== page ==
On a scale of 1-9, you’re looking for your horse to be a 5 as this is described as the ‘ideal’. If your horse is carrying too much fat you’ll need to reduce his energy intake.  At the same time, you should maintain an adequate supply of vitamins and minerals to keep his diet balanced.

If he’s not carrying enough condition, you’ll need to increase the calories in his diet. This can be achieved by feeding an oil, preferably one high in Omega 3 fatty acids.  Alongside this, a quality fibre-based diet will provide non-heating calories.  Try and avoid high quantities of cereal-based feeds which can cause digestive issues.  If feeding less than the manufacturer’s recommended daily serve, provide a boost of nutrients and protein with an appropriate balancer.  The best balancers will contain digestive enhancers to increase fibre digestibility. This, in turn, helps maximise the nutrients and calories he gets out of his diet.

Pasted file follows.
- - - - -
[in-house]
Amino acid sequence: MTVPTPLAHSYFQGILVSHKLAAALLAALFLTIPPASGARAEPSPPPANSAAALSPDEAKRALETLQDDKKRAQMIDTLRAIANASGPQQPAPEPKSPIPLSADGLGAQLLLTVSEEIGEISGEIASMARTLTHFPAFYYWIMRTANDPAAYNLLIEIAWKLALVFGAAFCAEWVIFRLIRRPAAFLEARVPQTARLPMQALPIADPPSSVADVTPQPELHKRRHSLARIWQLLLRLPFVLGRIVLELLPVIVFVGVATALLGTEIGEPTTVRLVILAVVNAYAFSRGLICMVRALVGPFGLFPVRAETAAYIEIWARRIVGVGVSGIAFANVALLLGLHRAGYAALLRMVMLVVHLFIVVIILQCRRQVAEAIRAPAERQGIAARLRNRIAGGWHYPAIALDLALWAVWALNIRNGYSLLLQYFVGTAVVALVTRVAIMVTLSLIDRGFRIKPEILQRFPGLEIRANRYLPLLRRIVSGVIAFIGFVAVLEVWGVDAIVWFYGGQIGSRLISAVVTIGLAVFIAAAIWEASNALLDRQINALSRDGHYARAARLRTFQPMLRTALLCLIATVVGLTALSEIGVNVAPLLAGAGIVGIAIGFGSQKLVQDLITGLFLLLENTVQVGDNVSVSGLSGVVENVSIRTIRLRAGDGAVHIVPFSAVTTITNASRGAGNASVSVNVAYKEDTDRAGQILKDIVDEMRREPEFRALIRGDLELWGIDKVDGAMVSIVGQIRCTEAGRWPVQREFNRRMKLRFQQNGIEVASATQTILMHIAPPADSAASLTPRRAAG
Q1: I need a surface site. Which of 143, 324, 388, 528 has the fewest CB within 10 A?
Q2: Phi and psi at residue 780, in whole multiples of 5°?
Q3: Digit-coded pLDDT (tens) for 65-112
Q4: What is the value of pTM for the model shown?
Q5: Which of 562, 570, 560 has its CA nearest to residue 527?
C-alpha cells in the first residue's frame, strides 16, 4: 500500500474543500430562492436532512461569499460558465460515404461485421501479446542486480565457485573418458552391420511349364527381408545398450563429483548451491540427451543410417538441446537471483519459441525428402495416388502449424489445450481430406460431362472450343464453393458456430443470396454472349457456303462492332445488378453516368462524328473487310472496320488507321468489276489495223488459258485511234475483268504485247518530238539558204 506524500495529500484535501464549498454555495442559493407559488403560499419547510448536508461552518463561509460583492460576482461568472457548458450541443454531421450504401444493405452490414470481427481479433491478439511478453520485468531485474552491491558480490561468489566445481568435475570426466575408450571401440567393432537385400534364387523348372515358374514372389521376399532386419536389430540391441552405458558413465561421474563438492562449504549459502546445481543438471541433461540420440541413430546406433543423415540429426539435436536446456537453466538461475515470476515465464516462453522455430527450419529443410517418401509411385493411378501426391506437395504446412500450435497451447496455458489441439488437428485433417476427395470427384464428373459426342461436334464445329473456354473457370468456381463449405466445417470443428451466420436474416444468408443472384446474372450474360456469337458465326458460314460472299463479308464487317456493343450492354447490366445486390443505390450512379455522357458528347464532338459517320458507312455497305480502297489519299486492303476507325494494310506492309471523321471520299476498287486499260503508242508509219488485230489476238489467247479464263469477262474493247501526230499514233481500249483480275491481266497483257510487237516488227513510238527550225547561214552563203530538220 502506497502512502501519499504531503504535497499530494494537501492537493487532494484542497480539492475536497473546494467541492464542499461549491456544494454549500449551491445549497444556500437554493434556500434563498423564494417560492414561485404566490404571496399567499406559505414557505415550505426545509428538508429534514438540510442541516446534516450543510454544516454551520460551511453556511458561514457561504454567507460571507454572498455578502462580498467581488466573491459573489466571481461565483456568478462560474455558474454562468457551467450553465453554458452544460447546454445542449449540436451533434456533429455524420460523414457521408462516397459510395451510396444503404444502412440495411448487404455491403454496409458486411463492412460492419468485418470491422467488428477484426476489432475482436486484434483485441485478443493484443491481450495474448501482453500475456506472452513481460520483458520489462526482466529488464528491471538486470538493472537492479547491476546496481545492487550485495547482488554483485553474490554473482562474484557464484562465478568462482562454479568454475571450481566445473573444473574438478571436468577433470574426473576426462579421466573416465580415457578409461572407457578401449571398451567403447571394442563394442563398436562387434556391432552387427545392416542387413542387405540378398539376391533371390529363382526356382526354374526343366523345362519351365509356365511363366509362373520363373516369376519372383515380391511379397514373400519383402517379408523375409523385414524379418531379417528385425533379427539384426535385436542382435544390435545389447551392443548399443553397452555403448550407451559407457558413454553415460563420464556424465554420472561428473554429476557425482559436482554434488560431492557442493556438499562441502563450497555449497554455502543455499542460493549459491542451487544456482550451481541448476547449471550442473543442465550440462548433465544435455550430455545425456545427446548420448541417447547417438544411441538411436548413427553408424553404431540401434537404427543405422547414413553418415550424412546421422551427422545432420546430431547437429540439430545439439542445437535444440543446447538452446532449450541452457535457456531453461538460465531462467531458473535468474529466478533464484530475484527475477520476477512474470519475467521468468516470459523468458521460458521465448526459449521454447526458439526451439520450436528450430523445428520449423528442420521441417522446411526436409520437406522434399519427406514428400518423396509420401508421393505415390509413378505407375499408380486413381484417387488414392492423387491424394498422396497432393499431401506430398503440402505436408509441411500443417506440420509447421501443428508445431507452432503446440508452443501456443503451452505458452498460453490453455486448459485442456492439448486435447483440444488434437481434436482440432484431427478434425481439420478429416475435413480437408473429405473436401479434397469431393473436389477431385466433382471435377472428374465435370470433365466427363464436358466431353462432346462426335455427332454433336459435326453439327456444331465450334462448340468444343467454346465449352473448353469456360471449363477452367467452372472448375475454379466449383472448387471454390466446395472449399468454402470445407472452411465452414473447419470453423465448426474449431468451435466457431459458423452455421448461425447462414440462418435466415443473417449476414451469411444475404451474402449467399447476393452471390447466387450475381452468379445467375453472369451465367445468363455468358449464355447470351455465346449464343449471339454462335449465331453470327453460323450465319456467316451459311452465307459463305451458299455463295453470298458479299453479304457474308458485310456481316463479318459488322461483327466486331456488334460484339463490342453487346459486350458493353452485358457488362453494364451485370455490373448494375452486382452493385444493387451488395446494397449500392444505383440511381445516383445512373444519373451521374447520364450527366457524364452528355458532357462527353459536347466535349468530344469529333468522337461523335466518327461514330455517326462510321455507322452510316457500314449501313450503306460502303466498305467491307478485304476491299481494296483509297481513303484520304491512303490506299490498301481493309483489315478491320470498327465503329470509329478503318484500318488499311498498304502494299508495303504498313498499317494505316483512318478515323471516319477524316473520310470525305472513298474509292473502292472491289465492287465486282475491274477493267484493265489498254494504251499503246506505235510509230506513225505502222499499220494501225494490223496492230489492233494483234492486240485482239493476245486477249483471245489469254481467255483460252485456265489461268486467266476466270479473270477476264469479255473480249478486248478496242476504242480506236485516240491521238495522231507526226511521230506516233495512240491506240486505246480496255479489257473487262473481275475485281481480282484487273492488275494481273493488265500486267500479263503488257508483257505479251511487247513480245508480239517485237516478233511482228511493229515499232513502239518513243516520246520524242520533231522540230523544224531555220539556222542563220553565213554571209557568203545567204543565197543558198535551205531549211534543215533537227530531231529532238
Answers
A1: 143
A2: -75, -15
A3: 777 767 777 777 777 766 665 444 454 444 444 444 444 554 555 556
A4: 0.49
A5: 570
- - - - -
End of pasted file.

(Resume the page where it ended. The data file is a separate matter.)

If your young horse is an ideal weight, changing feed is unlikely to be the answer for more ridden energy. It’s his fitness level or ultimately his temperament that’s more likely to influence this.  Remember, some breeds are more ‘laid-back’ than others, lacking that natural ‘oomph’, so they’ll often seem to lack energy.

Take-Home Message

Feeding high starch feed to gain instant energy can increase the risk of many digestive or metabolic conditions.  Eg gastric ulcers, colic, tying up and laminitis to name a few. In many cases, it won’t provide more ridden energy, and more often than not contributes to excitability or ‘fizzy’ behaviour.

The best strategy is to work on your horse’s fitness levels and provide a balanced diet.  Ideally, one which maintains him in an ideal body condition. This will allow your horse to make the most of his diet keeping him in top condition all year round.